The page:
Todd Koehler used to own a custom meat shop in Gillette. He told Cowboy State Daily the state’s inspection process was so inconsistent he finally gave up on it. He’s gone to federal inspection instead.

“There was just no accountability for anything (the state inspectors) do,” he said. “We hired a consultant when we went federal, and we told him about all the things that had happened with the state, and 90% of the time, he said, ‘Nope, they’re wrong.’”

Custom-exempt meat plants are those that slaughter animals and process meat for an individual owner, which is what Koehler was doing in Gillette. That meat is not sold to stores or to other individuals. It’s given right back to the owner who brought it in for processing.

During one state inspection at his custom-exempt shop, Koehler told Cowboy State Daily he was initially told he’d have to stamp all of the custom-exempt meat he was processing for individuals as “not for sale.”

But ink on the meat is something his customers don’t like to see. When Koehler pointed out that none of the meat he processes is ever for sale, that it is all custom-exempt, he was told he could instead place placards at both the cooler’s entrance and exit, stating that all the meat hanging in the cooler is “not for sale only.”

“But, six months later, she comes back and writes us up again” for not stamping the meat, Koehler said.

After several of those kinds of back-and-forth instances, Koehler said he decided to just go federal instead.

“I just did not like fighting with them,” he said. “You know, I’m 62, and I just didn’t want to do it anymore. So, I just gave away a really lucrative business, a money-making business.”

His biggest surprise since going federal?

It’s that federal inspection has been way easier, way more consistent, with less red tape than what he went through with his state inspectors. That’s not at all what he had expected.

“For federal, we can go all the way up the food chain to Washington, D.C.,” Koehler said. “Like, I had a problem with my federal inspector, and I went to the supervisor right away. In five minutes, my problem was taken care of. If it wasn’t, I could go above her to Billings to regional, and then if that doesn’t work, then I can go to (the office in) Denver.

“Problems are getting taken care of, and they don’t have a personal vendetta against anyone. It’s straight out, this is a job. That’s all it is to them. They just get you taken care of, and it’s been so much easier to deal with.”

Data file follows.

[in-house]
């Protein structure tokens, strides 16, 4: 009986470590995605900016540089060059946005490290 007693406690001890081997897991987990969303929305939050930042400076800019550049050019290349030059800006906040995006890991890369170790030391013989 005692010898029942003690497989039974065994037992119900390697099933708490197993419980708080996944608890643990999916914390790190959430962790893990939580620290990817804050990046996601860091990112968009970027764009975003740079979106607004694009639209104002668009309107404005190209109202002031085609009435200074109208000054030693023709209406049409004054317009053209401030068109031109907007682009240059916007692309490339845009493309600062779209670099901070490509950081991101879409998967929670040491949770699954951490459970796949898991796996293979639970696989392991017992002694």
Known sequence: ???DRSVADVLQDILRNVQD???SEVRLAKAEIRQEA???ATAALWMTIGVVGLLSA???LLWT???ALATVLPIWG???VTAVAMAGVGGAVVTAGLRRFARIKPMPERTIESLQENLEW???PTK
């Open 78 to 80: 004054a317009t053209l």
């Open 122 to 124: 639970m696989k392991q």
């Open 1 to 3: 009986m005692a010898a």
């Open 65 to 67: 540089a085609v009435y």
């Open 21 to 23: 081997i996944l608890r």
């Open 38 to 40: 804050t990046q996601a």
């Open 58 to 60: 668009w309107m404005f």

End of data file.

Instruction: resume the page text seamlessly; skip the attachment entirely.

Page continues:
Holding Back Business Ambitions

The man Koehler sold his business to, Pat Uskoski, had been a worker at the business and related a similar experience as Linden, with an initial walkthrough of the plant he was taking over, where he was told very little needed to be fixed prior to him taking over the existing business.

The like Linden, when ownership changed hands and inspectors came from Cheyenne, Uskoski suddenly faced a long list of things that had to change — some of them things that had previously been deemed OK at the plant for quite some time.

One of those was a personal freezer in a back room for employees to use. The freezer had some steaks in it that had been bought from a retail grocer.

“I got told I couldn’t have that freezer in there,” Uskoski said. “And the freezer said personal use only right on the front of it. But, when that was brought up in the meeting, the guy who wrote me up for it said, ‘You know, there is nothing wrong with having that freezer.’”

That inconsistency is what bothers Uskoski the most.

“I mean, it just kind of proved the point,” he said. “And I use that freezer as an example because it’s not a huge deal at all. It took me five minutes to move it. I moved it over to my garage and everyone’s happy, right? But it’s the principle. Because maybe it’s a little freezer this time, but maybe it’s the whole floor the next. Maybe it’s a $100,000 repair that they deem necessary.”

That inconsistency is holding Uskoski back from bigger ambitions, he told Cowboy State Daily.

“You know, I’d like to build a kill floor on my facility,” he said. “We do mobile slaughter. And I’d like to build a slaughter room on my facility.”

But without consistency of rules, he worries that it could turn into a boondoggle that will cost him more time and lots of money.

“So that’s been a project that’s on hold,” he said. “Because I don’t know. I don’t, honestly, I don’t want to deal with it. Because I just know when I start getting into it, I’m gonna be so mad by the end of it, because they’re gonna decide that, oh no, you need to do this, or you need to do that.”

Renée Jean can be reached at renee@cowboystatedaily.com.

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Renée Jean

Business and Tourism Reporter